The floods in Queensland are affecting its mining sector adversely. Projects worth $2 billion are facing delays and additional costs as the floods cause work disruptions in many mines across the state. Many mines have had to cease production on a temporary basis or shut down completely due to the heavy rains.
As per analysts at Leighton Holdings, an estimated $1.4 billion in annual revenue had been affected by the flood related declarations of force majeure. This is a contractual clause that gets invoked when a shipment is unable to be made due to an extraordinary event.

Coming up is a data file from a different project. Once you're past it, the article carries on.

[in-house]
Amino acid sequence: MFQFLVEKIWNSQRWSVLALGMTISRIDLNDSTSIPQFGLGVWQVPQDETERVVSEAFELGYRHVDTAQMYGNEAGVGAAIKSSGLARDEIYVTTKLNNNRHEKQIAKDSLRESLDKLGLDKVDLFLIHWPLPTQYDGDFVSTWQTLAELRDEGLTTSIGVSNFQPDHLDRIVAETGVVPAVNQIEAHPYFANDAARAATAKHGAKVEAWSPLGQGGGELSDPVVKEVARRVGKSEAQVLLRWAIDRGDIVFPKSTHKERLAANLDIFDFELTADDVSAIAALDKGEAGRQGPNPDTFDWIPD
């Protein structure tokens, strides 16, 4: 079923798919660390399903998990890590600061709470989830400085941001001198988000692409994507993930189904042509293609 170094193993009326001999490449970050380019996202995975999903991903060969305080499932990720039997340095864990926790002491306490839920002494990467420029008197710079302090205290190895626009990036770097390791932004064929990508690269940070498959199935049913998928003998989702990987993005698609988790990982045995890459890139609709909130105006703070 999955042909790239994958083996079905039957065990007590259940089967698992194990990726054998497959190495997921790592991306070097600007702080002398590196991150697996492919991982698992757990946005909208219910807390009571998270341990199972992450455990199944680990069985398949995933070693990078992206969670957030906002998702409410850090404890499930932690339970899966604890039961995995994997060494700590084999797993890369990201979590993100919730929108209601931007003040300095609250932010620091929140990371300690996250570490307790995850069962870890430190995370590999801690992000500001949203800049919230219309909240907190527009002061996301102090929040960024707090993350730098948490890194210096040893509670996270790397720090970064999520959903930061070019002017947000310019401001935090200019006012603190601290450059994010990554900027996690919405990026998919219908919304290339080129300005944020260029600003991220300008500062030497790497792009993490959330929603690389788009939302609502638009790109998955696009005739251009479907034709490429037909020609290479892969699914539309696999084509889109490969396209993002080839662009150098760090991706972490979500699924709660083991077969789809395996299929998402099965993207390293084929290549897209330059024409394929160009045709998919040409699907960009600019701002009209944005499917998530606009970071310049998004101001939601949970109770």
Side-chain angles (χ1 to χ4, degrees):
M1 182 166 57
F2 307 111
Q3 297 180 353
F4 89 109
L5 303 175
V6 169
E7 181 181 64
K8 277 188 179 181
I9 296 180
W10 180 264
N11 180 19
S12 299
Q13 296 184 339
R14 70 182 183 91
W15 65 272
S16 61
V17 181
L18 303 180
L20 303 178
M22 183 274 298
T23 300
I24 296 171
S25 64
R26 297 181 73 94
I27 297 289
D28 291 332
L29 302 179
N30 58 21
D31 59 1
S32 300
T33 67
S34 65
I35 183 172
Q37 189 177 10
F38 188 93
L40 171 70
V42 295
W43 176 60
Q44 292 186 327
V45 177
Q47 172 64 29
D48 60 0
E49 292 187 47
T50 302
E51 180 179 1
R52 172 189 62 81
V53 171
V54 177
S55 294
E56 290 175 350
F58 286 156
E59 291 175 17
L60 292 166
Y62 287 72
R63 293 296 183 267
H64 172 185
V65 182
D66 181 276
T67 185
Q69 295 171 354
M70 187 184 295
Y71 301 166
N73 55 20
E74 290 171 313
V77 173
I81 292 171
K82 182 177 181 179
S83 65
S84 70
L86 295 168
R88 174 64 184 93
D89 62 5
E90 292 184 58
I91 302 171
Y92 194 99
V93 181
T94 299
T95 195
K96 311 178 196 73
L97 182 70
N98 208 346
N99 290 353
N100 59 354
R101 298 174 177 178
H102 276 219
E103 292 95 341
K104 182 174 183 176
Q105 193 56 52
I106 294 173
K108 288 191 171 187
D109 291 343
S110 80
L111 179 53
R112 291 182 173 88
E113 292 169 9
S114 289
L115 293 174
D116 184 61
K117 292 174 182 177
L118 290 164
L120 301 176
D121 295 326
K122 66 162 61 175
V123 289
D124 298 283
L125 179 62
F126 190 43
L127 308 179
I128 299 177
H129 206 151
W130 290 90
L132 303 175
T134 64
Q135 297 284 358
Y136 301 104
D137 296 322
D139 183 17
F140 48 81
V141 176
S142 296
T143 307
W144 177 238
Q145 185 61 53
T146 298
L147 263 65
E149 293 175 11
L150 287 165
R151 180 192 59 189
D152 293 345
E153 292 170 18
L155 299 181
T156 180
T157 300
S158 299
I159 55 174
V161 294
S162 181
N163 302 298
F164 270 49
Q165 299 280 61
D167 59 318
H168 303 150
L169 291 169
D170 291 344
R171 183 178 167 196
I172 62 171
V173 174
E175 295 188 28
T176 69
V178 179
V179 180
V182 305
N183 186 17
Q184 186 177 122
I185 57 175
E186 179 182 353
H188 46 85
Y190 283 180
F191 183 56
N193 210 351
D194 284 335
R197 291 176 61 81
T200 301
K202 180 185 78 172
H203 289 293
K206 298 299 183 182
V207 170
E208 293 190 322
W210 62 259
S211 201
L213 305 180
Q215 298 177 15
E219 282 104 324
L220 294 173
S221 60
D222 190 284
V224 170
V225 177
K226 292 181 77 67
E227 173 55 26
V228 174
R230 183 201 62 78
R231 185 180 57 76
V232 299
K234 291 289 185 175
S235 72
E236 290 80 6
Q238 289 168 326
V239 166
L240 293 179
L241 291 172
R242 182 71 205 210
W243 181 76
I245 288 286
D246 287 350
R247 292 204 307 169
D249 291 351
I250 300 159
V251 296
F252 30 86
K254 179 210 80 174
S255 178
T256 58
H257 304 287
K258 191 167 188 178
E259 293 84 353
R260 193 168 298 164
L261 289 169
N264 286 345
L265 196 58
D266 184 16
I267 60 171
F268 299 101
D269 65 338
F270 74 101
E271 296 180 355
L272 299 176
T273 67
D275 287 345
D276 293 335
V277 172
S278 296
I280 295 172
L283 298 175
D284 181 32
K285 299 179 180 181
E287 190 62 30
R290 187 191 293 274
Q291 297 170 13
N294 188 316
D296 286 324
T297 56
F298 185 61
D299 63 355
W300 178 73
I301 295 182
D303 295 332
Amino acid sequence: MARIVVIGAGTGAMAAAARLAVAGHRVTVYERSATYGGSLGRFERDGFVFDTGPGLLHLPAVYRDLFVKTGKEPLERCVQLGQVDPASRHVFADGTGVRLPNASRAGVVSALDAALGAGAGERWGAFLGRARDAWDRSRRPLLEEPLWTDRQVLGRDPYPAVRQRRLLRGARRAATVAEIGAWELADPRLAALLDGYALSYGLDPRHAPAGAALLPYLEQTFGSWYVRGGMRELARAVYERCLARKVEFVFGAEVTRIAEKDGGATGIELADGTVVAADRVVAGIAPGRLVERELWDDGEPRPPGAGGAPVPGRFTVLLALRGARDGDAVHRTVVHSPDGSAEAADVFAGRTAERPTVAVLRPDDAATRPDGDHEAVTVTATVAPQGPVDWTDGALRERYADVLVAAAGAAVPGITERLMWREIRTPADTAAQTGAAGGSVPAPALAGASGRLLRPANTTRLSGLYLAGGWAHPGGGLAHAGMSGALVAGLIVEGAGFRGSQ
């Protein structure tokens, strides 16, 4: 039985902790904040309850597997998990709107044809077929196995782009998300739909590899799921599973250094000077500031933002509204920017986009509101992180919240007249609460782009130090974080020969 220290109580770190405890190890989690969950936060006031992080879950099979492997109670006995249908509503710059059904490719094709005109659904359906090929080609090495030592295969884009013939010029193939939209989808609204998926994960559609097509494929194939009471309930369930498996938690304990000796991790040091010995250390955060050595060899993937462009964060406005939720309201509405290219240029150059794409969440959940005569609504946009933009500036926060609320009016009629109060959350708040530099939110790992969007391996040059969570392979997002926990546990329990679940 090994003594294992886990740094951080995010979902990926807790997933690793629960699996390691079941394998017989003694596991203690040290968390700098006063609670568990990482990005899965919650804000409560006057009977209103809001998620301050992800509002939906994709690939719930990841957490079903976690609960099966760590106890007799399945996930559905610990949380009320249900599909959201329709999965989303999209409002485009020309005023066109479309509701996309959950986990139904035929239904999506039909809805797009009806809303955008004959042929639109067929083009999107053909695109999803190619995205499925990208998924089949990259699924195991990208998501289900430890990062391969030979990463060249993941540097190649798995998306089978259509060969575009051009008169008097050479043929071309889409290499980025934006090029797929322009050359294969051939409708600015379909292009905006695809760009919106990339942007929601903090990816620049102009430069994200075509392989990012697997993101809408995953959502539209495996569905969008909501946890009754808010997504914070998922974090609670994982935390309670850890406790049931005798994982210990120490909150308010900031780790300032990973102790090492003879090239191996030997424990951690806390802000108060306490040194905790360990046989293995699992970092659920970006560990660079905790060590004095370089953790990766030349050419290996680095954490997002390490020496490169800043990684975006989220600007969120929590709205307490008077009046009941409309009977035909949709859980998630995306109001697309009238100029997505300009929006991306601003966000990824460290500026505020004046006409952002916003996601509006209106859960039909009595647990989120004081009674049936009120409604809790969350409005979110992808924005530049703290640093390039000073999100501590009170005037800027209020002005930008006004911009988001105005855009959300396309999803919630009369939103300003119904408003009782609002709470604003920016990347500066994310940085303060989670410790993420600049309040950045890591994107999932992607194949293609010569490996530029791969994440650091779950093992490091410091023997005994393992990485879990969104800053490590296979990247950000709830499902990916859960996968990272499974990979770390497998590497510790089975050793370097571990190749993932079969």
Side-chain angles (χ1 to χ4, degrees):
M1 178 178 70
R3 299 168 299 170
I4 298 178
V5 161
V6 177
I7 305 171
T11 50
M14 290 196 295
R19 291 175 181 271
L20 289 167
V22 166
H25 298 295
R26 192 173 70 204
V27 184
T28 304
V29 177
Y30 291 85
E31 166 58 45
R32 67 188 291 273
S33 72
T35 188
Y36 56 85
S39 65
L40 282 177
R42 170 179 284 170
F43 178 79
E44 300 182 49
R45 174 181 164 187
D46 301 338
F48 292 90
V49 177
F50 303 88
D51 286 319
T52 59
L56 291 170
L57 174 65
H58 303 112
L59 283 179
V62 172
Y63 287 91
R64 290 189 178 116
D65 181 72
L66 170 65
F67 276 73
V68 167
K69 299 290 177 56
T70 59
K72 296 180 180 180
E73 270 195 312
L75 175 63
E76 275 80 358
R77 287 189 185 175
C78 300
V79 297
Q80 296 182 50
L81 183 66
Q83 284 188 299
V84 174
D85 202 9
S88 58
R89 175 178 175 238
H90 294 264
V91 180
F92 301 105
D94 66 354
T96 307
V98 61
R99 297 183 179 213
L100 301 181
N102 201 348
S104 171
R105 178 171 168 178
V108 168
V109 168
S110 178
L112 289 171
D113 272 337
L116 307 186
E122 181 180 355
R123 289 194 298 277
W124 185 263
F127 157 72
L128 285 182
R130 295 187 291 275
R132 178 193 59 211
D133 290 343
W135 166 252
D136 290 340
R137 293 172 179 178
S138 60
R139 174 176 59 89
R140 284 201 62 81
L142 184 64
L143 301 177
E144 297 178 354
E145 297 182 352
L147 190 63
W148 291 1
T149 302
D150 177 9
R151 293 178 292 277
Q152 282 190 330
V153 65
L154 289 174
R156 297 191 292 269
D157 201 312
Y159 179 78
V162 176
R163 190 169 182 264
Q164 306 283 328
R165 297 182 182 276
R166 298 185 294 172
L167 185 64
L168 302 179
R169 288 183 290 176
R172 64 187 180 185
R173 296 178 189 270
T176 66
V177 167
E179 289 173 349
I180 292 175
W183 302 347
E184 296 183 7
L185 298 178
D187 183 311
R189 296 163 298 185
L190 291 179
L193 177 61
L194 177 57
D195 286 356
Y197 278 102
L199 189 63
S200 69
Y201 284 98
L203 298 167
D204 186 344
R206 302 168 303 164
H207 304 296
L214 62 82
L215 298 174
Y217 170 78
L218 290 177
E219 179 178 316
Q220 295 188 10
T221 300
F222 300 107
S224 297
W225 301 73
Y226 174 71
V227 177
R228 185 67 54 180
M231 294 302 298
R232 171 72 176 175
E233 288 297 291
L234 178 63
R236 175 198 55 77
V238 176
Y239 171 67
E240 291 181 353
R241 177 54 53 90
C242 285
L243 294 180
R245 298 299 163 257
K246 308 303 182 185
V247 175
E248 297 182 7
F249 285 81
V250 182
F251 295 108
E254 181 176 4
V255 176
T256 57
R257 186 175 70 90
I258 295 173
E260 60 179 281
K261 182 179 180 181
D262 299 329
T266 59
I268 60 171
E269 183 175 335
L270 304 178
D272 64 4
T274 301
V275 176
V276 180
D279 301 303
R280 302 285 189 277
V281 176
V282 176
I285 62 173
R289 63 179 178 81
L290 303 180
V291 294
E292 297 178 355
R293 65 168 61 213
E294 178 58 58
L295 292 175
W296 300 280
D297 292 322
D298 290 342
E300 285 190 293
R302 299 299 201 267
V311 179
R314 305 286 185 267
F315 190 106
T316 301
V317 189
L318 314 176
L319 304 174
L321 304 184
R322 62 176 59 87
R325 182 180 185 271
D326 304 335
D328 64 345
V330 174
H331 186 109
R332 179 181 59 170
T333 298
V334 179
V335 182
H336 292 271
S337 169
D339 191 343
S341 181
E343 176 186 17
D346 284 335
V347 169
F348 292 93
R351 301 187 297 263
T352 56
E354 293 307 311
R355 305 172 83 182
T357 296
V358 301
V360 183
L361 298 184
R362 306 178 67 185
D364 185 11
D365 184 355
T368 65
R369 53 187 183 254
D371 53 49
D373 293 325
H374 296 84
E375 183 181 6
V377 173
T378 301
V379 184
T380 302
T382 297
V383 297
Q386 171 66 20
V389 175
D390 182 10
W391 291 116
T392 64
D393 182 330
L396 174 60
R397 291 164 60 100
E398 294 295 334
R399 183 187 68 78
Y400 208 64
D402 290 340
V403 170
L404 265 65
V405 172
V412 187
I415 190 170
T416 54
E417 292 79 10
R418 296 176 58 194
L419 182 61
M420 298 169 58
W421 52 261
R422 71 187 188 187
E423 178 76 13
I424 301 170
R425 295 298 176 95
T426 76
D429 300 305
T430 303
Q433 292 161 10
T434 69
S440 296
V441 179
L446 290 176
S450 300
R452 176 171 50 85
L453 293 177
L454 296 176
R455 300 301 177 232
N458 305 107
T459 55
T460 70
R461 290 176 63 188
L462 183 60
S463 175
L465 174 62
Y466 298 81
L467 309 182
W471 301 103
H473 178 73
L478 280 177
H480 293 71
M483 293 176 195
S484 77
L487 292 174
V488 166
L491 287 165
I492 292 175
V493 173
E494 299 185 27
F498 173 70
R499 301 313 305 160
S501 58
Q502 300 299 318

This revenue was generated primarily by the coal mines in the state of Queensland. Leighton Holdings has identified 11 coal mines to which it provides services that have been forced to resort to the force majeure. A spokesperson said that not all the mines were completely closed and some were only partially affected while others were still producing coal.
Contract miners are the worst affected by the floods in the state as they generate their revenue based on the volume of production from the mines. The cessation in production or drop in production for a mine will have a negative impact on revenue for them. The global coal market is looking to the US coal to help meet the shortfall created by the Australian export reduction.